In an effort to facilitate a further shift in market liquidity toward SONIA swaps, the FCA and the Bank of England published a statement encouraging liquidity providers in the sterling swaps market to adopt new quoting conventions for inter-dealer trading based on SONIA instead of LIBOR from 27 October. This initiative was originally planned to take place in March this year but was disrupted by the impact of COVID-19.

As part of the work of the Non-Linear Derivatives Task Force, the RFRWG also published its letter (PDF 359 KB) to ICE Benchmark Administration (IBA), seeking to understand IBA's plans for the GBP LIBOR ICE Swap Rate (ISR) in the event that GBP LIBOR ceases or becomes unrepresentative, or of reduced liquidity in GBP LIBOR swaps prior to these events. The letter proposes use of a 'legacy' GBP LIBOR ISR derived from a SONIA-based methodology but only for legacy trades.

On 21 October, the UK Government took another step in managing the risk of 'tough legacy' LIBOR contracts with the introduction of the Financial Service Bill to Parliament. The Bill amends the UK Benchmarks Regulation (BMR) to allow the FCA to direct a change in the methodology of a critical benchmark (i.e. LIBOR) and extend its publication for a limited time period. The FCA will have discretion to determine specific categories of contracts that will be allowed to use this 'synthetic' LIBOR. Before exercising certain new powers, the FCA will be required to issue policy statements to inform the market about how it intends to operationalise the legal framework set out under the BMR. The Bill will be subject to the usual processes of parliamentary legislative scrutiny, so the timing of its enactment will be subject to parliamentary scheduling.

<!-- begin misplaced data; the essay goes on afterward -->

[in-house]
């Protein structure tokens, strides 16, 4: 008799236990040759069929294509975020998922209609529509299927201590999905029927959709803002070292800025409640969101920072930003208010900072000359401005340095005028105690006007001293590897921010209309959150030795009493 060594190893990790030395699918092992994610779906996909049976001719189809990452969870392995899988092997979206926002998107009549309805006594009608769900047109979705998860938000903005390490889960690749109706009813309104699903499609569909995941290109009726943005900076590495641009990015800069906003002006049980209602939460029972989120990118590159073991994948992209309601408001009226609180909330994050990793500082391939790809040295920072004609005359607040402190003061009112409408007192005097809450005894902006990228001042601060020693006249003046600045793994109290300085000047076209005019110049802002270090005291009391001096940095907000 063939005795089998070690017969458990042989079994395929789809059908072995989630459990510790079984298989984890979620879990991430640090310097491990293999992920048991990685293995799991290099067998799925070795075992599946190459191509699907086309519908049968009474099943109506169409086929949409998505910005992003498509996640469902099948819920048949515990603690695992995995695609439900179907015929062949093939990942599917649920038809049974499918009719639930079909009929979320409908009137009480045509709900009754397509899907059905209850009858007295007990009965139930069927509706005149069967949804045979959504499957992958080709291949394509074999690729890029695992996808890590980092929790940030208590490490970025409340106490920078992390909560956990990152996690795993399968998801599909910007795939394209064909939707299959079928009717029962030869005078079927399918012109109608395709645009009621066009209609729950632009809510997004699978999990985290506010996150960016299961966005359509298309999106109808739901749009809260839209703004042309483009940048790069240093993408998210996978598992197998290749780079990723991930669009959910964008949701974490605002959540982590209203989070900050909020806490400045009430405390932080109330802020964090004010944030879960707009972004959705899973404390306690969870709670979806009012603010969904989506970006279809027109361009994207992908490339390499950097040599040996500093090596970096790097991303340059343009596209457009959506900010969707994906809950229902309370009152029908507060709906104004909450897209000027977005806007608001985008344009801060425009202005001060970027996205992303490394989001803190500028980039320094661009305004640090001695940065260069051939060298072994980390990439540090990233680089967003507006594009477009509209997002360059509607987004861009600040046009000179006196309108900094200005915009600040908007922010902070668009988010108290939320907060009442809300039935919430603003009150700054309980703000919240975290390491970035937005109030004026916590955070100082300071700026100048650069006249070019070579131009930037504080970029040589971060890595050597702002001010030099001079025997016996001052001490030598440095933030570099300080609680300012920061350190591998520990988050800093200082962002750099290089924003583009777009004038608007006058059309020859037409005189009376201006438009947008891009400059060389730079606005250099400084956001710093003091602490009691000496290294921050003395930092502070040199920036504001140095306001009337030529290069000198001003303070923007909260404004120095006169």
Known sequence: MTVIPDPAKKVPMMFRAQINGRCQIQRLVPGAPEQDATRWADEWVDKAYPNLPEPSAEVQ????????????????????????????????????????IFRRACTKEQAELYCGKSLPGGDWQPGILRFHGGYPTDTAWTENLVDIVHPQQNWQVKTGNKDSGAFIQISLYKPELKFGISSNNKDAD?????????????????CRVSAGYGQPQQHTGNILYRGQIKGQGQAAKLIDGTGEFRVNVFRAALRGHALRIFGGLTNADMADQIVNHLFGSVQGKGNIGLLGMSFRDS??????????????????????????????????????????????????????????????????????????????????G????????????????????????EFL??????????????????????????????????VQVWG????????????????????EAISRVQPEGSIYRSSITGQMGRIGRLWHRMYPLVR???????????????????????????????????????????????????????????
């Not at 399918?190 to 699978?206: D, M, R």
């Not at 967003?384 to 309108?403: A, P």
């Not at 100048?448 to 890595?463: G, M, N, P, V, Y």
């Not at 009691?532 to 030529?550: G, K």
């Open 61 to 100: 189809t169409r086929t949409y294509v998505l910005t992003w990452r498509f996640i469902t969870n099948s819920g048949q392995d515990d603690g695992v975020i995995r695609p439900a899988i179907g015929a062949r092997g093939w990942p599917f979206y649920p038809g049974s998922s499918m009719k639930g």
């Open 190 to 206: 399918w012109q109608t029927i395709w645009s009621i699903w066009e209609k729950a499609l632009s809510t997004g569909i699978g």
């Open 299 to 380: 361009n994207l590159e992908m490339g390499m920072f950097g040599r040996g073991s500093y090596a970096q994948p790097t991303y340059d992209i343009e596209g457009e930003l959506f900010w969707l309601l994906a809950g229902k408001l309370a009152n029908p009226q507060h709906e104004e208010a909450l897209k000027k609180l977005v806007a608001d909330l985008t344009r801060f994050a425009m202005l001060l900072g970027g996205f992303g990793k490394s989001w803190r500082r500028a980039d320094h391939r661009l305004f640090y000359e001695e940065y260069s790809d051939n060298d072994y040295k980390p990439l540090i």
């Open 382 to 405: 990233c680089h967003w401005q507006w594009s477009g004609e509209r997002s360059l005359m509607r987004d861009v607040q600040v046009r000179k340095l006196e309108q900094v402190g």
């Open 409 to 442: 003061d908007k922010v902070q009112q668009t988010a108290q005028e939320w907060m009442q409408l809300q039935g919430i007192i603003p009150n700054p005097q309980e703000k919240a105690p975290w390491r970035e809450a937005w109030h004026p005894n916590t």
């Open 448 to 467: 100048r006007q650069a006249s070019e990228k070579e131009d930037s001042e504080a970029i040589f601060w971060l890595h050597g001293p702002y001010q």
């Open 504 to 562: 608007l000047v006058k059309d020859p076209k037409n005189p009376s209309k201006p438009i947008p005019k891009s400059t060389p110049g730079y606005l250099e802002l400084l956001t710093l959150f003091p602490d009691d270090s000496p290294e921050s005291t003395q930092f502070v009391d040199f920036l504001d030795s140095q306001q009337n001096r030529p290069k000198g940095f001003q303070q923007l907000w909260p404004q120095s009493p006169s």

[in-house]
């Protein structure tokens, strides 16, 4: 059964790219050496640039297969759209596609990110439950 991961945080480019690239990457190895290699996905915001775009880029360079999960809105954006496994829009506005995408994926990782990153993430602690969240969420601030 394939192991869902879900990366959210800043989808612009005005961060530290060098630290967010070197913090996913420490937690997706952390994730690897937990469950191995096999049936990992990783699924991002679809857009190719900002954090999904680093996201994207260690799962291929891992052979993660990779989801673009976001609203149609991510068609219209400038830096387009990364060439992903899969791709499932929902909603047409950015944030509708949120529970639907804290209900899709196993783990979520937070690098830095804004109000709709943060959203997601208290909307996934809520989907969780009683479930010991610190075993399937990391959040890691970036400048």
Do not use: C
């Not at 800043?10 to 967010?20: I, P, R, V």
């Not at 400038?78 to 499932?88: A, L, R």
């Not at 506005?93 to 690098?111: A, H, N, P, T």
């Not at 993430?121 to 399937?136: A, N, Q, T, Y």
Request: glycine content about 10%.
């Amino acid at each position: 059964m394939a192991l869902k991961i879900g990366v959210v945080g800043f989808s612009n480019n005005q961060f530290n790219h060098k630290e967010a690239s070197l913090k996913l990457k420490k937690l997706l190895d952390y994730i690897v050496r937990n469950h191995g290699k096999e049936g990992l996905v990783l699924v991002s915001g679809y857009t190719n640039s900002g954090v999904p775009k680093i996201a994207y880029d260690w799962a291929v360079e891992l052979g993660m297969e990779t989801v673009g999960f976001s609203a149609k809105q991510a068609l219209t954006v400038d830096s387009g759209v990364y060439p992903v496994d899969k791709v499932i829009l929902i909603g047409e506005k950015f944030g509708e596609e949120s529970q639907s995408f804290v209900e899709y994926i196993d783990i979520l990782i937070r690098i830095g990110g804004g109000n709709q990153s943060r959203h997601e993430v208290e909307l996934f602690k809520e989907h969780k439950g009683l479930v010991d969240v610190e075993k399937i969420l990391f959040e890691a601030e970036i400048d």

Euro market developments

The ECB published a summary of responses to its consultation on the publication of compounded rates for €STR. Respondents broadly agreed with proposed calculation methods based on overnight €STR and the proposed day count convention - modified previous business day convention.

In November, the Euro Working Group on RFRs is expected to publish two public consultations on (1) EURIBOR fallback triggers events and (2) EURIBOR fallback rates based on €STR for cash products. The due date for responses will be 8 January 2021.

US dollar market developments

At close of business on 16 October, the clearing houses, CME and LCH, converted discounting and PAI/PAA from EFFR to SOFR on all outstanding cleared USD-denominated swap products. This is expected to encourage the build-up liquidity in SOFR products.

Other market developments

The results of a survey by the Swiss financial markets regulator, FINMA, has found that CHF LIBOR tough legacy volume appears to be small and not an existential issue. The Swiss Working Group on RFRs has stated (PDF 1.2 MB) that a synthetic CHF LIBOR is not expected and is therefore encouraging active transition of all contracts.